The Supreme Court on Thursday addressed former Maharashtra Chief Minister Uddhav Thackeray on how there is an “absolute” lack of freedom within regional political parties, which are mostly run by single families.
“There is absolutely no freedom in regional parties, except for one leader. Many a times, it is a family which runs it and there is no scope of anybody else coming into the frame. There is no alternative… it is impossible,” Justice P.S. Narasimha, one of the five judges on the Constitution Bench headed by Chief Justice of India D.Y. Chandrachud, orally observed.
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The remark came during the final day of the hearing of the political dispute between Maharashtra Chief Minister Eknath Shinde and Mr. Thackeray on the control of the Shiv Sena party and the circumstances that led to the fall of the Maha Vikas Aghadi government in the State in 2022.
The Bench reserved the case for judgment.
Justice Narasimha’s observation came when senior advocate Kapil Sibal, for Mr. Thackeray’s side, said constitutional law found it “suspect” when legislators, suddenly, as a group, at the same time, one day, decided to resign from a ruling coalition, as was seen in Madhya Pradesh. The Kamal Nath government had fallen when some Congress MLAs resigned and joined rival BJP.
However, in Maharashtra, Mr. Shinde and his supporters had not resigned. “Naturally, they did not resign because they felt they would want to be Ministers in the new government. Resigning would have meant contesting elections, which they may or may not have won,” Mr. Sibal submitted.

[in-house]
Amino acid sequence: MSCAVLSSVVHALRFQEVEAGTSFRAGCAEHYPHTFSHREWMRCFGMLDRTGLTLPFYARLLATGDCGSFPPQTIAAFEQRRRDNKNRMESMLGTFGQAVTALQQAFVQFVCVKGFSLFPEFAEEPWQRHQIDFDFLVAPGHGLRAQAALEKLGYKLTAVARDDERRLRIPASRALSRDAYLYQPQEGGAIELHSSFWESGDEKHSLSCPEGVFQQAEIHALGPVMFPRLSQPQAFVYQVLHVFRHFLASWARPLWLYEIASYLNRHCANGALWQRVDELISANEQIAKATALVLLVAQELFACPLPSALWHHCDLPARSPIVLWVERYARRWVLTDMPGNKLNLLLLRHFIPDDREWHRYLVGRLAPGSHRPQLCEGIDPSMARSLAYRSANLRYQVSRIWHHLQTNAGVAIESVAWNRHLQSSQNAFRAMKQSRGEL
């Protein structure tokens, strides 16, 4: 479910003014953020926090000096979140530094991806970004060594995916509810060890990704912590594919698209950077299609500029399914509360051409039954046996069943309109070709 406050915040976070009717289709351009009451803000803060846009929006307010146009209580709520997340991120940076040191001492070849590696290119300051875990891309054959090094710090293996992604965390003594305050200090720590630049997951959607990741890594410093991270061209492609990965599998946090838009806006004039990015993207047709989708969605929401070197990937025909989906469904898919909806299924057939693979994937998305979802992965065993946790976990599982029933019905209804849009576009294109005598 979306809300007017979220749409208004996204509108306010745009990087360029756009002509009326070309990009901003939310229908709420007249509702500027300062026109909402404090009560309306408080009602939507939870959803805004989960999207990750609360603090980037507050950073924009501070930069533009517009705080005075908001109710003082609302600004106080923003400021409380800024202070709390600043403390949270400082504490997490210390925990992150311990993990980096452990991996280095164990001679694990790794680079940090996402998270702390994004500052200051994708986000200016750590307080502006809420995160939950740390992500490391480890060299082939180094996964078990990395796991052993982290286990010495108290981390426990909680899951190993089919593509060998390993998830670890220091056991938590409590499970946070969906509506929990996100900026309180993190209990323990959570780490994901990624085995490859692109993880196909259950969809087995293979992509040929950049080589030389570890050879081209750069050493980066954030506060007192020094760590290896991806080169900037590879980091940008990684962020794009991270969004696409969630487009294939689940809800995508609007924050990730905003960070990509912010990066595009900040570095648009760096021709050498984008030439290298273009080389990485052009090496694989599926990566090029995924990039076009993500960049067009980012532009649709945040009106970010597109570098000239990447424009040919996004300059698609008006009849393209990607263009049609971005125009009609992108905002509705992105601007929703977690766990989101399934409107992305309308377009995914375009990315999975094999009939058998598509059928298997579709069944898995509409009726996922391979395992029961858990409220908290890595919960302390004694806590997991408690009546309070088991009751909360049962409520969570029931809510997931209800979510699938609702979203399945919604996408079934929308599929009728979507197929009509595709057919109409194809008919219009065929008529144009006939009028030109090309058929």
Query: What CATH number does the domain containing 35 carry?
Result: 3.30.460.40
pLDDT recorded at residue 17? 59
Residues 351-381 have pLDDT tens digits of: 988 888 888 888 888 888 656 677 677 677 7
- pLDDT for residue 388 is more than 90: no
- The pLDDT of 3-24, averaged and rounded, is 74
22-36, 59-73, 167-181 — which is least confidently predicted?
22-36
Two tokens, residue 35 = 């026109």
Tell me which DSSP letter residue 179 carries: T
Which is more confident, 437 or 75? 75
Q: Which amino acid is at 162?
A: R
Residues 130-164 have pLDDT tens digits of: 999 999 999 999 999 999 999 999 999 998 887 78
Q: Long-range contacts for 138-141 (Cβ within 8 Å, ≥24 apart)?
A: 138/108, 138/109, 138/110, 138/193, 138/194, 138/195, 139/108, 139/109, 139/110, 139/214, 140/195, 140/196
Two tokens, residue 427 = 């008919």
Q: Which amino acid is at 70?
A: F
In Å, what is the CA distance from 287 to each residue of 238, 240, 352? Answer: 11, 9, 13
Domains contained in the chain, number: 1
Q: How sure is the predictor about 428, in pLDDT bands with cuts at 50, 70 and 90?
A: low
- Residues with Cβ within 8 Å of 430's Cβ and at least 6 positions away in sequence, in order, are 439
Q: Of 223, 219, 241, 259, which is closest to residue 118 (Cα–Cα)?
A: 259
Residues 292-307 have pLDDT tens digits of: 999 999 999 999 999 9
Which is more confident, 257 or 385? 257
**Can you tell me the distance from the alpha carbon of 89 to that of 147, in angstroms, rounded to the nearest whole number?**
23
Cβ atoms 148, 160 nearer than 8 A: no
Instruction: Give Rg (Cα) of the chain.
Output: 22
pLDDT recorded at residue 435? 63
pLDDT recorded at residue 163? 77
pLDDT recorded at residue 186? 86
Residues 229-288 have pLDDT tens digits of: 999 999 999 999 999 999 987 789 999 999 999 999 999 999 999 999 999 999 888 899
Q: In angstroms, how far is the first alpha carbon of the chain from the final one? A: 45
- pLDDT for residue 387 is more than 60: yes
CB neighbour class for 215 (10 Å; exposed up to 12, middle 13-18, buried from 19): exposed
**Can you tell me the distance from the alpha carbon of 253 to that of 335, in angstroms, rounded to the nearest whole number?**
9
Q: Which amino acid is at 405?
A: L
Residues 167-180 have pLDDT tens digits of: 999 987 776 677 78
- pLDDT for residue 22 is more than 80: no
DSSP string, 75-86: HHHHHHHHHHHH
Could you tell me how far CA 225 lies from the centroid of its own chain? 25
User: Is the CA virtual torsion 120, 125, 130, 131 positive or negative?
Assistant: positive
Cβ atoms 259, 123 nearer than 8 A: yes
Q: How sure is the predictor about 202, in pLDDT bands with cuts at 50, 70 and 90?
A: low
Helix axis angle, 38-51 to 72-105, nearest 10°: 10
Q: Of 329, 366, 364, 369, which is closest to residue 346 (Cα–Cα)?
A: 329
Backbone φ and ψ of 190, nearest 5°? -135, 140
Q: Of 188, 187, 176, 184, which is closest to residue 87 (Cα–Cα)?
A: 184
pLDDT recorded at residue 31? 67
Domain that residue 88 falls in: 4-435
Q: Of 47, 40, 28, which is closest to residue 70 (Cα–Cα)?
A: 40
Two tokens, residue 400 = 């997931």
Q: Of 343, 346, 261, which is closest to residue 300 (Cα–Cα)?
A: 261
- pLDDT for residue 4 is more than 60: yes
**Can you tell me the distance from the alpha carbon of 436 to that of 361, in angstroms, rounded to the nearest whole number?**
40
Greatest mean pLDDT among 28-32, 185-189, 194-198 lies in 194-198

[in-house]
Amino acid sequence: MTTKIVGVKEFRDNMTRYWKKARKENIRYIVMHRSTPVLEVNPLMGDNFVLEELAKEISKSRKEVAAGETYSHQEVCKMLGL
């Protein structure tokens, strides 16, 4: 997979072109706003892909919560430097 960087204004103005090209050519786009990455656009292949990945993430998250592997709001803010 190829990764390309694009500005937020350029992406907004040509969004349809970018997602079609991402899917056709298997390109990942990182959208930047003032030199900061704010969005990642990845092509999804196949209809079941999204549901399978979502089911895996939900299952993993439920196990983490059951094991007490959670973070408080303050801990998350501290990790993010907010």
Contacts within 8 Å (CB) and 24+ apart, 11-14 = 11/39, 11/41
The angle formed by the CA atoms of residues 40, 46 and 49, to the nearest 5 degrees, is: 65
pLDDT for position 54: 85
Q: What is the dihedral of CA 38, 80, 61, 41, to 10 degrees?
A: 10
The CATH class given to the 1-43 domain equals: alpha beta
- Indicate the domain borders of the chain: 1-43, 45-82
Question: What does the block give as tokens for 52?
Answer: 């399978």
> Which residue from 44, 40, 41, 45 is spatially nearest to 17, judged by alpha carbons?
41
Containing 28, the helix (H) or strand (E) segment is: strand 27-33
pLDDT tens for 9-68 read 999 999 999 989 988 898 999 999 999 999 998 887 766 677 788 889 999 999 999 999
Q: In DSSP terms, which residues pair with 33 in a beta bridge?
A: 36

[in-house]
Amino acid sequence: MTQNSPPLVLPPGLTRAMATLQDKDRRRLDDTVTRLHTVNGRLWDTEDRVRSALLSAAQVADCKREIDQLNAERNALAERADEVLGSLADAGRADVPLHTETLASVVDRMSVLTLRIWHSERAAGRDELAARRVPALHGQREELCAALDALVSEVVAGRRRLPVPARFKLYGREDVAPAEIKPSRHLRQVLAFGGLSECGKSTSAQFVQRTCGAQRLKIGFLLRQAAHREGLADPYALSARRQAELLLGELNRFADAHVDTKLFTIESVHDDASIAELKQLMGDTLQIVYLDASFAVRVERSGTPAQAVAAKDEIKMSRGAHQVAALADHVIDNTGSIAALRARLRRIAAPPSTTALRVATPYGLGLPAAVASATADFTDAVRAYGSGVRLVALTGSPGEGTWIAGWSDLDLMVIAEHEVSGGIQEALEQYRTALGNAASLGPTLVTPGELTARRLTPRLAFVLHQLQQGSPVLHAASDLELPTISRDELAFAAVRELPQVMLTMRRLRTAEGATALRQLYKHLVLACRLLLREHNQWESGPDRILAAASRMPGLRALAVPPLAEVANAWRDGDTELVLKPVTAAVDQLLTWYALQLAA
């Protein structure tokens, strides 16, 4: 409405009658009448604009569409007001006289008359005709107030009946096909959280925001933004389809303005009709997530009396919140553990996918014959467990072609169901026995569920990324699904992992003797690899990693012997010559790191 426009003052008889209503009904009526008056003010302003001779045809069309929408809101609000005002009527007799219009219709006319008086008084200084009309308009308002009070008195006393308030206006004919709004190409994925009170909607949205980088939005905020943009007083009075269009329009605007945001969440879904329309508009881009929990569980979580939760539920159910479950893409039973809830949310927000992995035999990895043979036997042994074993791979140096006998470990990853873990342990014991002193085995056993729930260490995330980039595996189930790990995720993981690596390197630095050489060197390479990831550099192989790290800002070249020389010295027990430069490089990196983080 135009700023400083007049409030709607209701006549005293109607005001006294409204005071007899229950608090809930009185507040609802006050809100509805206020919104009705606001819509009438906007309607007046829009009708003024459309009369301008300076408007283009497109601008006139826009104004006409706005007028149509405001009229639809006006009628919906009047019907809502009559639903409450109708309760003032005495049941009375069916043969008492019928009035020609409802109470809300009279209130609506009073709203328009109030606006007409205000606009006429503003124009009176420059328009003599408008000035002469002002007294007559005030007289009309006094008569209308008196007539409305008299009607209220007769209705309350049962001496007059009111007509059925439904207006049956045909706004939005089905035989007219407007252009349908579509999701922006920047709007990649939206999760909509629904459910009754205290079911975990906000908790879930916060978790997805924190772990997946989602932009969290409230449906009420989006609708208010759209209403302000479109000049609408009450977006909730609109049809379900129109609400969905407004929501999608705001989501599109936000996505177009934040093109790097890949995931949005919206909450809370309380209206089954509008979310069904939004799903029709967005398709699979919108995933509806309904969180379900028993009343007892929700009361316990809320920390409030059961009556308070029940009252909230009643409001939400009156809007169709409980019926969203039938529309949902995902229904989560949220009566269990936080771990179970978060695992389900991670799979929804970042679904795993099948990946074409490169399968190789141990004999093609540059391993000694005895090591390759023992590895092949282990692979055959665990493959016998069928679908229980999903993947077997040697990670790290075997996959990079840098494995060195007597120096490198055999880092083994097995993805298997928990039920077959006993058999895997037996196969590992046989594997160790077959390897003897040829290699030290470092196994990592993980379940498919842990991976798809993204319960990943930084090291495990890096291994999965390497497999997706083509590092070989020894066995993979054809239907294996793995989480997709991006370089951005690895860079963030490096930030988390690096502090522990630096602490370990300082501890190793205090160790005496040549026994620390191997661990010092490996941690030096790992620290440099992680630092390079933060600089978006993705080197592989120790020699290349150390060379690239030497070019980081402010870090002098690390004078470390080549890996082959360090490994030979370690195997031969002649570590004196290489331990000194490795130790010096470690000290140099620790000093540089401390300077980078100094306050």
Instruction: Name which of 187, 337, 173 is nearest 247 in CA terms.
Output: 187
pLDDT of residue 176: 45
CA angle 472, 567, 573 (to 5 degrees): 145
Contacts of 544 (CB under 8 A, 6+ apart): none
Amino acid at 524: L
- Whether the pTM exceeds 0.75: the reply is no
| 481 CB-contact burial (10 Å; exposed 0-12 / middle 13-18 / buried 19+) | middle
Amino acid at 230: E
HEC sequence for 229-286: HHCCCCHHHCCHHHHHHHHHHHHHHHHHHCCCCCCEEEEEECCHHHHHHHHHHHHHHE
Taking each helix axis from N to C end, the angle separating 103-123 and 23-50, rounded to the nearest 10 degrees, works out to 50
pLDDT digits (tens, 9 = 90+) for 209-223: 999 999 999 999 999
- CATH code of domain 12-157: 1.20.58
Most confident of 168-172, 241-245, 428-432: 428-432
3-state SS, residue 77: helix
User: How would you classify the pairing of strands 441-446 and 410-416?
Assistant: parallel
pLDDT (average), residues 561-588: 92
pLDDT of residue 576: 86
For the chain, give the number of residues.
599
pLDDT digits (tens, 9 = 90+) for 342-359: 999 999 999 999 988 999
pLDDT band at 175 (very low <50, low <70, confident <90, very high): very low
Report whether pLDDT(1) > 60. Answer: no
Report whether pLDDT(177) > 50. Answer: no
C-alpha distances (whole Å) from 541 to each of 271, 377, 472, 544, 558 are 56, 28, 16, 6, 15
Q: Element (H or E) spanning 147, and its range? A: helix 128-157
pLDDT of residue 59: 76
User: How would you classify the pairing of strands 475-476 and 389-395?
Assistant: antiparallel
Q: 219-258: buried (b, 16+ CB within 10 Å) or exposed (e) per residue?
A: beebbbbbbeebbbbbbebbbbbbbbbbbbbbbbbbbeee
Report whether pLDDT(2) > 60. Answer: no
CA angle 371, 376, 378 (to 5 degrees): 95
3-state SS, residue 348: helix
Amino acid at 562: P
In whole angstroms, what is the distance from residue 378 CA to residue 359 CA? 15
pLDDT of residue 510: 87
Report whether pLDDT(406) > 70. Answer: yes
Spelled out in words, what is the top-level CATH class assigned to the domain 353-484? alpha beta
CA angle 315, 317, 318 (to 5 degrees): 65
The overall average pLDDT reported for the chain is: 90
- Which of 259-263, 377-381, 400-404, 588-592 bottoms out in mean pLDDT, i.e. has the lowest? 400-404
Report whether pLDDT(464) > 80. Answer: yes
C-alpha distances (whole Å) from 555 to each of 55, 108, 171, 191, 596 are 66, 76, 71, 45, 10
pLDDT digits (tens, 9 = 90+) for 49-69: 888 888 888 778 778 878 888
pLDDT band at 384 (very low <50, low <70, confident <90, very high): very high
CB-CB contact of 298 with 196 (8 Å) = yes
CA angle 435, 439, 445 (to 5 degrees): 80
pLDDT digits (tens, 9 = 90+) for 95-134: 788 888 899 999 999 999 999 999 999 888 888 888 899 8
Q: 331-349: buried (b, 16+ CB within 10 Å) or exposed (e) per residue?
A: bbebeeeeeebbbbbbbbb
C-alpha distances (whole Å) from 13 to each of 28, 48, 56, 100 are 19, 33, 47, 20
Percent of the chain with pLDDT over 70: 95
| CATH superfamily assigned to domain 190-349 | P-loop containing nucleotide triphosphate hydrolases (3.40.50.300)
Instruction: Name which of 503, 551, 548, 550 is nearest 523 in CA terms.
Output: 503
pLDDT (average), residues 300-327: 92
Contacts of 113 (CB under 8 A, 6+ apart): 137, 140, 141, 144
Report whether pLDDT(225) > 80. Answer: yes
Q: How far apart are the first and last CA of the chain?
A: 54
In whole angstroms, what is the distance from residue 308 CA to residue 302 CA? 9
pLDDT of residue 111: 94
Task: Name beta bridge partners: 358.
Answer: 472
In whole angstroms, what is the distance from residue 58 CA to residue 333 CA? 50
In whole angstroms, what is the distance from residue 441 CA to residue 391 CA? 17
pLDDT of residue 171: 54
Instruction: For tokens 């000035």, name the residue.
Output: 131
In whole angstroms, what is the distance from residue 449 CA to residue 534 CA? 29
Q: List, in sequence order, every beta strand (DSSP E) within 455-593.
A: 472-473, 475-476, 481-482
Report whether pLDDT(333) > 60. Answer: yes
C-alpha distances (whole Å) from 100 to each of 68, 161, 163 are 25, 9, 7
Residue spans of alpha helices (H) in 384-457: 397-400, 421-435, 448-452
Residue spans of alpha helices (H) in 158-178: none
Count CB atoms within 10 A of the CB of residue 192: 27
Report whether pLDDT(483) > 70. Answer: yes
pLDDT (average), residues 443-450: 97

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The Chief Justice asked whether the Governor, oblivious to the provisions of the Tenth Schedule, could call for a trust vote if a group of MLAs came to him saying they have left the ruling party.
“Forget the Tenth Schedule, he (Governor) cannot call for a trust vote by recognising a faction in a political party which has no identity... which has no constitutional identity. They (these MLAs) cannot be seen as a group. They are individuals. There is no concept of a group within a legislature. Each is an individual. Government formation is only on alliances… Therefore, calling a trust vote should also be based on alliances,” Mr. Sibal responded.
The Chief Justice paraphrased Mr. Sibal’s reply by saying that, according to the senior lawyer, the Governor could only call for a trust vote if a member-party in a coalition shifts and not when individuals within a party leave.